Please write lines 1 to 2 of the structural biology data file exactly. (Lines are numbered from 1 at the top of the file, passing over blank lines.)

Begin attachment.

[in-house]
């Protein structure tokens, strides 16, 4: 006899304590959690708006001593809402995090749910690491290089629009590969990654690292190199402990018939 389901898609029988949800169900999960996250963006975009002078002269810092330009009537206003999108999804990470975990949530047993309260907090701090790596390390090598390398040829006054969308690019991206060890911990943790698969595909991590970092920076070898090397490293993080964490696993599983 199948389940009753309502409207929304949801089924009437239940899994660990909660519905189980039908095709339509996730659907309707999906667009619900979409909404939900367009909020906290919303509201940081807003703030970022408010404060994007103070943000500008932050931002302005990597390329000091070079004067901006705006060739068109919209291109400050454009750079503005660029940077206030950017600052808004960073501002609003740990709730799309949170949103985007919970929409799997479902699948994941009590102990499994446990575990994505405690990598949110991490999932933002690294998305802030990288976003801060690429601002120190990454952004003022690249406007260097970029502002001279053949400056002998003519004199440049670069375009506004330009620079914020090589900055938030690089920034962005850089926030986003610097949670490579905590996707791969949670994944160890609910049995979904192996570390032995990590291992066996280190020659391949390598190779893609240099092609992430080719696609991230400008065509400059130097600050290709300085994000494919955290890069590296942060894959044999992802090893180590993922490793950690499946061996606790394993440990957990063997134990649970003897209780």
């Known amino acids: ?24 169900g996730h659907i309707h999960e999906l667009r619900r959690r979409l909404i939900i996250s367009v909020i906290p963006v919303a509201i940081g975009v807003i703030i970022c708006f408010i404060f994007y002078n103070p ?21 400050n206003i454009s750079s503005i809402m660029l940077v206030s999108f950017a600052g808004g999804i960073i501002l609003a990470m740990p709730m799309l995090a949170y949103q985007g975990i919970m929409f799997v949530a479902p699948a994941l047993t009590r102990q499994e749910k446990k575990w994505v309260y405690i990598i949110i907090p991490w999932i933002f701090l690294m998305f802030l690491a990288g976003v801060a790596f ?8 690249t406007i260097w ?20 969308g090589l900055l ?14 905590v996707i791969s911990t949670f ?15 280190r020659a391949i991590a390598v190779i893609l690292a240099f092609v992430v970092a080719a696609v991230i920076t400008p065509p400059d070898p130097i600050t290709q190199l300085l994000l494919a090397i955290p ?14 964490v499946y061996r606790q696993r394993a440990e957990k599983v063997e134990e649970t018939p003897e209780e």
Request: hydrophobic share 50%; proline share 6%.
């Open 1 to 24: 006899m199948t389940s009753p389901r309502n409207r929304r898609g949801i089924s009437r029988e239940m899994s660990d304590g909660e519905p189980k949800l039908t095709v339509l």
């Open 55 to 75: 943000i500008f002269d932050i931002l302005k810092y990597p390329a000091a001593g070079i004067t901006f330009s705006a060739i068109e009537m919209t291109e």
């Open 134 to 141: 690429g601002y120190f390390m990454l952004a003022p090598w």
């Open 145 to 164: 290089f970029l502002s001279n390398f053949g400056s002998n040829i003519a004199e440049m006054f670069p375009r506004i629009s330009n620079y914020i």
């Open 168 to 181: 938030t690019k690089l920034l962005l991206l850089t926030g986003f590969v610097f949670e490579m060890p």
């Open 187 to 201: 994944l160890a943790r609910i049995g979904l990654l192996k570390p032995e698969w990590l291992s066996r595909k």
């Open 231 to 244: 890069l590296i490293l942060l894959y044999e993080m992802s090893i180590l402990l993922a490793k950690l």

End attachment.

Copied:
[in-house]
């Protein structure tokens, strides 16, 4: 006899304590959690708006001593809402995090749910690491290089629009590969990654690292190199402990018939 389901898609029988949800169900999960996250963006975009002078002269810092330009009537206003999108999804990470975990949530047993309260907090701090790596390390090598390398040829006054969308690019991206060890911990943790698969595909991590970092920076070898090397490293993080964490696993599983 199948389940009753309502409207929304949801089924009437239940899994660990909660519905189980039908095709339509996730659907309707999906667009619900979409909404939900367009909020906290919303509201940081807003703030970022408010404060994007103070943000500008932050931002302005990597390329000091070079004067901006705006060739068109919209291109400050454009750079503005660029940077206030950017600052808004960073501002609003740990709730799309949170949103985007919970929409799997479902699948994941009590102990499994446990575990994505405690990598949110991490999932933002690294998305802030990288976003801060690429601002120190990454952004003022690249406007260097970029502002001279053949400056002998003519004199440049670069375009506004330009620079914020090589900055938030690089920034962005850089926030986003610097949670490579905590996707791969949670994944160890609910049995979904192996570390032995990590291992066996280190020659391949390598190779893609240099092609992430080719696609991230400008065509400059130097600050290709300085994000494919955290890069590296942060894959044999992802090893180590993922490793950690499946061996606790394993440990957990063997134990649970003897209780």